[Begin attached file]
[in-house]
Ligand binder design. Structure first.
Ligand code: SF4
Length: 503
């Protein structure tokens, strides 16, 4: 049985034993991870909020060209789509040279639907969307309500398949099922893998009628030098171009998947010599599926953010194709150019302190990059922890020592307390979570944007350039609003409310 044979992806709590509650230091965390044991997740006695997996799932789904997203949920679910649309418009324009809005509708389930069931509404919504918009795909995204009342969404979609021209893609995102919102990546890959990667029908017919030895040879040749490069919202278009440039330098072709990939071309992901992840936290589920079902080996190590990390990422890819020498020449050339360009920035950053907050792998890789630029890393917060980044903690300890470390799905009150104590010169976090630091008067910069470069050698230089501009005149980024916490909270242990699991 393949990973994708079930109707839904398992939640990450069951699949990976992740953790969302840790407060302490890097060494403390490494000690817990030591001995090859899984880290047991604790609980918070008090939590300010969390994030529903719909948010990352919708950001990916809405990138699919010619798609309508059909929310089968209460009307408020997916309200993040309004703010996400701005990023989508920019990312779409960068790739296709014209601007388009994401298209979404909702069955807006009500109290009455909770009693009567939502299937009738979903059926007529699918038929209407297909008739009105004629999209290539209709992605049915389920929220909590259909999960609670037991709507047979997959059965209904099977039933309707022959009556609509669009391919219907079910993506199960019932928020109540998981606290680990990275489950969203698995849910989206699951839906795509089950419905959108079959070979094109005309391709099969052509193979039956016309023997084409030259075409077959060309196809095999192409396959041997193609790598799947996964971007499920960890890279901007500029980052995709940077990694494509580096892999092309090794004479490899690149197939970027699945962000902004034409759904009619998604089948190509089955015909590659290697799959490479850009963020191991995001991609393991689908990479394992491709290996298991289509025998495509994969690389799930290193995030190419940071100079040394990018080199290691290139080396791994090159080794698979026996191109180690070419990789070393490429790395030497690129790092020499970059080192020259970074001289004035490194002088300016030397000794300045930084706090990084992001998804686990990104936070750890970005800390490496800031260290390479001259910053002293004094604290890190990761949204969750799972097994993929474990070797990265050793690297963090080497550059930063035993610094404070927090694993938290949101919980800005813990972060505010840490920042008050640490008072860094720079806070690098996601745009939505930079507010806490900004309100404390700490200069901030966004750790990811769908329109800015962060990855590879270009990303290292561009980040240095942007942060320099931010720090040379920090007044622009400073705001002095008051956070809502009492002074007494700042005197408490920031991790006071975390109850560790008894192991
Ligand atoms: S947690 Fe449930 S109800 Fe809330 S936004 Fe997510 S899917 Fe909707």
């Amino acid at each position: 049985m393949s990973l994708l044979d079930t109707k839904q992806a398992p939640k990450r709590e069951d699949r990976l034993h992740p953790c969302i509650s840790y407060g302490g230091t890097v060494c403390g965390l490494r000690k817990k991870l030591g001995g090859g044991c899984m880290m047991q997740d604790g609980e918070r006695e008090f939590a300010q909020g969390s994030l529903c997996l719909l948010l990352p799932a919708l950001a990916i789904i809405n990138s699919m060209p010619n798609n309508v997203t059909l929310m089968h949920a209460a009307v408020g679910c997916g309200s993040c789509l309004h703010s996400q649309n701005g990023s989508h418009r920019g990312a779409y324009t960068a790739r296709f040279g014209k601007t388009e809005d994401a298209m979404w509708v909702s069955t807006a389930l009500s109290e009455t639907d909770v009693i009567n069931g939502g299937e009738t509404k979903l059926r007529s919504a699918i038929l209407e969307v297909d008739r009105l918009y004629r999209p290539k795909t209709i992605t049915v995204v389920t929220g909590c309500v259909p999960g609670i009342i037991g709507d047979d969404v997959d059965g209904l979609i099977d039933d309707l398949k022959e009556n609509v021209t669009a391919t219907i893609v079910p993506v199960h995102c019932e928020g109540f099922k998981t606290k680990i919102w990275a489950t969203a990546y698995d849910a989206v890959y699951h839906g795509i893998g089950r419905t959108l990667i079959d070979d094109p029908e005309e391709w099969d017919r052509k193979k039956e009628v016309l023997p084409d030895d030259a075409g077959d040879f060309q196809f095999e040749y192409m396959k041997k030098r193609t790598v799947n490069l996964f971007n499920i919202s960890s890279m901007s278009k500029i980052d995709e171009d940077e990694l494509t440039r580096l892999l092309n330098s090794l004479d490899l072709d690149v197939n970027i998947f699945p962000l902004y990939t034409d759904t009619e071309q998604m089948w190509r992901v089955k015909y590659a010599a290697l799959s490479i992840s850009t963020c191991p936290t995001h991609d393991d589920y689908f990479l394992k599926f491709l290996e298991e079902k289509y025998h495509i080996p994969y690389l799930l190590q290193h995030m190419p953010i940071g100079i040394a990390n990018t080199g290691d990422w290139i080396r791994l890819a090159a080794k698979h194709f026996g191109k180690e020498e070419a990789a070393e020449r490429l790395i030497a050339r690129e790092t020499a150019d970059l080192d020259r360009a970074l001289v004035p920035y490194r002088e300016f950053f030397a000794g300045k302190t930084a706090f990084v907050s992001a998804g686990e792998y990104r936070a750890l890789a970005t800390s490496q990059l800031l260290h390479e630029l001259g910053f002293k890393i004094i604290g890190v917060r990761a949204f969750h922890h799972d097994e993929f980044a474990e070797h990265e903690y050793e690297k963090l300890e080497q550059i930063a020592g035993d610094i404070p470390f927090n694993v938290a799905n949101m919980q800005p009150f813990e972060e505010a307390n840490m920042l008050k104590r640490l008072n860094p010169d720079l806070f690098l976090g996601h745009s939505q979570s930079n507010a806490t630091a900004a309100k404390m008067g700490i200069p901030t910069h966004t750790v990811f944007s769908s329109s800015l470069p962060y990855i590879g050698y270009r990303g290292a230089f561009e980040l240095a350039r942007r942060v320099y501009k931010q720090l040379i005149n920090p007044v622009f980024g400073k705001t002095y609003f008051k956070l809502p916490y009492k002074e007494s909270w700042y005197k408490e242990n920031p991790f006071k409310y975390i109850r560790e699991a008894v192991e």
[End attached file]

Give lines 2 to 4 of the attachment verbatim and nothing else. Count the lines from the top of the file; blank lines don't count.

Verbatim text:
Ligand binder design. Structure first.
Ligand code: SF4
Length: 503